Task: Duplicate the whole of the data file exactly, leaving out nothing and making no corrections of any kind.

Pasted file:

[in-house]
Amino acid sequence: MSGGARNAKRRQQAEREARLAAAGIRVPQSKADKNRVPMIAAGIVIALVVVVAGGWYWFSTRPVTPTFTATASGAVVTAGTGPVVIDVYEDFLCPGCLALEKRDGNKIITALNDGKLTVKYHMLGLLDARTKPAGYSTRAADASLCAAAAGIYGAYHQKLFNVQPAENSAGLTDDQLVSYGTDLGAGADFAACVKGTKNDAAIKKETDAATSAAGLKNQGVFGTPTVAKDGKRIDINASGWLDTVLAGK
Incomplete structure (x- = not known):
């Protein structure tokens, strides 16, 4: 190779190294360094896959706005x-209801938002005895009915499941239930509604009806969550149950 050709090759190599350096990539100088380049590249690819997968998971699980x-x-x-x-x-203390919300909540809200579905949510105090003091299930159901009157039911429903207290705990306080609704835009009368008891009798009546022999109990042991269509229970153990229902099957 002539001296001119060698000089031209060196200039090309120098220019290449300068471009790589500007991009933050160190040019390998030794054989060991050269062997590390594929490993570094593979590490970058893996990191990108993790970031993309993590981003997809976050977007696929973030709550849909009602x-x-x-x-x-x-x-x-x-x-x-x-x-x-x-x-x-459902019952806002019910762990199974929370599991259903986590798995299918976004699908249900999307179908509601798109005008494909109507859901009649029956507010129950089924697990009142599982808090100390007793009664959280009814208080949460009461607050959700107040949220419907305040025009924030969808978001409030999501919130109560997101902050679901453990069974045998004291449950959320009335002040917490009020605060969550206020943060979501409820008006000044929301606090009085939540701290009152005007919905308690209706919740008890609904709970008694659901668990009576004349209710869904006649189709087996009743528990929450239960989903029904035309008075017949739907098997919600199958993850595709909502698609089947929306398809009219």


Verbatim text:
[in-house]
Amino acid sequence: MSGGARNAKRRQQAEREARLAAAGIRVPQSKADKNRVPMIAAGIVIALVVVVAGGWYWFSTRPVTPTFTATASGAVVTAGTGPVVIDVYEDFLCPGCLALEKRDGNKIITALNDGKLTVKYHMLGLLDARTKPAGYSTRAADASLCAAAAGIYGAYHQKLFNVQPAENSAGLTDDQLVSYGTDLGAGADFAACVKGTKNDAAIKKETDAATSAAGLKNQGVFGTPTVAKDGKRIDINASGWLDTVLAGK
Incomplete structure (x- = not known):
């Protein structure tokens, strides 16, 4: 190779190294360094896959706005x-209801938002005895009915499941239930509604009806969550149950 050709090759190599350096990539100088380049590249690819997968998971699980x-x-x-x-x-203390919300909540809200579905949510105090003091299930159901009157039911429903207290705990306080609704835009009368008891009798009546022999109990042991269509229970153990229902099957 002539001296001119060698000089031209060196200039090309120098220019290449300068471009790589500007991009933050160190040019390998030794054989060991050269062997590390594929490993570094593979590490970058893996990191990108993790970031993309993590981003997809976050977007696929973030709550849909009602x-x-x-x-x-x-x-x-x-x-x-x-x-x-x-x-x-459902019952806002019910762990199974929370599991259903986590798995299918976004699908249900999307179908509601798109005008494909109507859901009649029956507010129950089924697990009142599982808090100390007793009664959280009814208080949460009461607050959700107040949220419907305040025009924030969808978001409030999501919130109560997101902050679901453990069974045998004291449950959320009335002040917490009020605060969550206020943060979501409820008006000044929301606090009085939540701290009152005007919905308690209706919740008890609904709970008694659901668990009576004349209710869904006649189709087996009743528990929450239960989903029904035309008075017949739907098997919600199958993850595709909502698609089947929306398809009219």